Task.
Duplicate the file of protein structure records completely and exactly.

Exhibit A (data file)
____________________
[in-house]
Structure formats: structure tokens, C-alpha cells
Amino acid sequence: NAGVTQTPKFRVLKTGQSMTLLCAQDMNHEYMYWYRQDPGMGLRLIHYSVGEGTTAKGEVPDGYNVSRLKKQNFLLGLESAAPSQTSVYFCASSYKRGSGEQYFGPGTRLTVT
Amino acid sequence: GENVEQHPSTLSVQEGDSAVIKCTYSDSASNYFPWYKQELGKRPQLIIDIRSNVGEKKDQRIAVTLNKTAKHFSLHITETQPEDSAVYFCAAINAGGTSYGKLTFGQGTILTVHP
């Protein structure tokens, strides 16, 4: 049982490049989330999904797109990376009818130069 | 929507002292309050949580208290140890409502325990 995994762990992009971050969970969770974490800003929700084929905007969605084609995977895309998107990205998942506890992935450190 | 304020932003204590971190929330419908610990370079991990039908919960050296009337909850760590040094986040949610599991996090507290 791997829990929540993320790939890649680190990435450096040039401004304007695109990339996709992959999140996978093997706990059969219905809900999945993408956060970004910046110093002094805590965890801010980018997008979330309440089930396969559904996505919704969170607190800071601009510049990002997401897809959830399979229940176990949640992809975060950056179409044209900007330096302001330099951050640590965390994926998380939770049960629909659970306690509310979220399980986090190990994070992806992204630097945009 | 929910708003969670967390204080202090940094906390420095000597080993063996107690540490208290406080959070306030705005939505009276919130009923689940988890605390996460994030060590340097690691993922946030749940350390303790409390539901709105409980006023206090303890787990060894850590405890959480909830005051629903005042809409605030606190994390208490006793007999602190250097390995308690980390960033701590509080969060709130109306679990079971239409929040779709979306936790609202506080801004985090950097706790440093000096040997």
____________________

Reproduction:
[in-house]
Structure formats: structure tokens, C-alpha cells
Amino acid sequence: NAGVTQTPKFRVLKTGQSMTLLCAQDMNHEYMYWYRQDPGMGLRLIHYSVGEGTTAKGEVPDGYNVSRLKKQNFLLGLESAAPSQTSVYFCASSYKRGSGEQYFGPGTRLTVT
Amino acid sequence: GENVEQHPSTLSVQEGDSAVIKCTYSDSASNYFPWYKQELGKRPQLIIDIRSNVGEKKDQRIAVTLNKTAKHFSLHITETQPEDSAVYFCAAINAGGTSYGKLTFGQGTILTVHP
């Protein structure tokens, strides 16, 4: 049982490049989330999904797109990376009818130069 | 929507002292309050949580208290140890409502325990 995994762990992009971050969970969770974490800003929700084929905007969605084609995977895309998107990205998942506890992935450190 | 304020932003204590971190929330419908610990370079991990039908919960050296009337909850760590040094986040949610599991996090507290 791997829990929540993320790939890649680190990435450096040039401004304007695109990339996709992959999140996978093997706990059969219905809900999945993408956060970004910046110093002094805590965890801010980018997008979330309440089930396969559904996505919704969170607190800071601009510049990002997401897809959830399979229940176990949640992809975060950056179409044209900007330096302001330099951050640590965390994926998380939770049960629909659970306690509310979220399980986090190990994070992806992204630097945009 | 929910708003969670967390204080202090940094906390420095000597080993063996107690540490208290406080959070306030705005939505009276919130009923689940988890605390996460994030060590340097690691993922946030749940350390303790409390539901709105409980006023206090303890787990060894850590405890959480909830005051629903005042809409605030606190994390208490006793007999602190250097390995308690980390960033701590509080969060709130109306679990079971239409929040779709979306936790609202506080801004985090950097706790440093000096040997």